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Trust, trustworthiness, and traditional Islamic education

Asadullah, M. N. (2016) Trust, trustworthiness, and traditional Islamic education. Oxford Development Studies, 44 (2). pp. 152-166. ISSN 1469-9966

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To link to this item DOI: 10.1080/13600818.2015.1104294

Abstract/Summary

This paper examines traditional Islamic school (i.e. madrasah) attendance as a determinant of social attitudes among secondary-schooled adolescents in rural Bangladesh. Although both recognized and traditional madrasah enrolled adolescents show greater support for charity, we find no evidence that traditional madrasah attendance promotes “trust in others”. Attendance at recognized madrasahs, which use a state-approved curriculum, however, significantly increases social trust. The madrasah–trust connection is not explained by the role of teachers’ attitudes towards trust or professional background. Nor do we find evidence that the absence of an effect of traditional madrasah attendance on social trust is driven by their geographic locations. Given the differences between the two groups in terms of stated social preferences, our analysis warns against the practice of lumping state recognized madrasahs and traditional madrasahs into one category.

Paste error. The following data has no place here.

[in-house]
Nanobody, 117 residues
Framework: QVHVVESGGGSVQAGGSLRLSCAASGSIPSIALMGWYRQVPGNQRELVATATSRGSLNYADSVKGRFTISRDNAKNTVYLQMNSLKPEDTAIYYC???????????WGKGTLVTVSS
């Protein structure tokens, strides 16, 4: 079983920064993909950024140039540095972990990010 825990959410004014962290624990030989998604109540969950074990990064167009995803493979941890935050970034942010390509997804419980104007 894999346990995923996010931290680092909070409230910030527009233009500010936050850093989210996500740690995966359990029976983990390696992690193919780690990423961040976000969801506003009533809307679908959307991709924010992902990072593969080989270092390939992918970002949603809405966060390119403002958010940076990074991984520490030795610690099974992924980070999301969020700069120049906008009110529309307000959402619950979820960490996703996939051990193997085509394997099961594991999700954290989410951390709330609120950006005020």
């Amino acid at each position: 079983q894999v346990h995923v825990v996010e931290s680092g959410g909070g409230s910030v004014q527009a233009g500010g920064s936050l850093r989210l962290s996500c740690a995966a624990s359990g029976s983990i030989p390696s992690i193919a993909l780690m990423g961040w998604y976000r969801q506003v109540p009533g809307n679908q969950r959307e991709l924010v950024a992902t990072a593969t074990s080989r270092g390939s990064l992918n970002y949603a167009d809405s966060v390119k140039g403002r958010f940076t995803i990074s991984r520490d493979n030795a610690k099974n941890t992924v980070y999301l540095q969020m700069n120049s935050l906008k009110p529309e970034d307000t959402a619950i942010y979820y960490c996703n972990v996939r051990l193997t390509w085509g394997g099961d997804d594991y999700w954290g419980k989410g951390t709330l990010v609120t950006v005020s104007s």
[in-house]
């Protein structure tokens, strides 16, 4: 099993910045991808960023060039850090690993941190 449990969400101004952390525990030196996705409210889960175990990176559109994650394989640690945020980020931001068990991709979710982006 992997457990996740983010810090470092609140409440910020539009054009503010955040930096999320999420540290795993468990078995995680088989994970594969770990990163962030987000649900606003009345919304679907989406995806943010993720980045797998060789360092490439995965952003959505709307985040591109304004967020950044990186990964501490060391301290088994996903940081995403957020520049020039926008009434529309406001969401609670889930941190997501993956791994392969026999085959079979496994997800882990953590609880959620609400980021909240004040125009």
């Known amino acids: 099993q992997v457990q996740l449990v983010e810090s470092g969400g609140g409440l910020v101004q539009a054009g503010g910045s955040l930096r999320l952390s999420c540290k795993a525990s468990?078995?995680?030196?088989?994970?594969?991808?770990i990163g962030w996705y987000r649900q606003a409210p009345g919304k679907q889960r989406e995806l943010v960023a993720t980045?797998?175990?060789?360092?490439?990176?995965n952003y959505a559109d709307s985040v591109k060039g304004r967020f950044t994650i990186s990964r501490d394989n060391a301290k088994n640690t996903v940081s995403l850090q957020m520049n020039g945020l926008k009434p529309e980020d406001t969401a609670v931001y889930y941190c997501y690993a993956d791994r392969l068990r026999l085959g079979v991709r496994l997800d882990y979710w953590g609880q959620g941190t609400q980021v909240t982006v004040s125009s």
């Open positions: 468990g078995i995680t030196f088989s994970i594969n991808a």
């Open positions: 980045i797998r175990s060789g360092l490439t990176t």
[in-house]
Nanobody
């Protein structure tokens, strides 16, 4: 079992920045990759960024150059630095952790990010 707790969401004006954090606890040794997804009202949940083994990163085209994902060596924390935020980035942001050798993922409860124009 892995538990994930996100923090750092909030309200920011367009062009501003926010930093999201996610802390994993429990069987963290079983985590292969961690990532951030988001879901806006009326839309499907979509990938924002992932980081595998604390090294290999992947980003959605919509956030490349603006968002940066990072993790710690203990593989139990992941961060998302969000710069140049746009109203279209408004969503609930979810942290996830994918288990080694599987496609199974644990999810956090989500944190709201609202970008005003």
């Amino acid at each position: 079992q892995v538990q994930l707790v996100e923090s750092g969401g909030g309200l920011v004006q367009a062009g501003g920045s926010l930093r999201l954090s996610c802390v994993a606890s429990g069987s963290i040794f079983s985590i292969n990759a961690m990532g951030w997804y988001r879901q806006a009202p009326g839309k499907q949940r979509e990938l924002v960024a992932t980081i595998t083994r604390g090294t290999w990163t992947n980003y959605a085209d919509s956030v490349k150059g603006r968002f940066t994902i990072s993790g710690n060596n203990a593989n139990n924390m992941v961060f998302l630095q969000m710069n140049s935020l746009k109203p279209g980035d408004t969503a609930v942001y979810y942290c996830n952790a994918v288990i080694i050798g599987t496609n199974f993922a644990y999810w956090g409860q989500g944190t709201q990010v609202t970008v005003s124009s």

Item Type:Article
Refereed:Yes
Divisions:Faculty of Arts, Humanities and Social Science > School of Politics, Economics and International Relations > Economics
ID Code:68831
Publisher:Routledge

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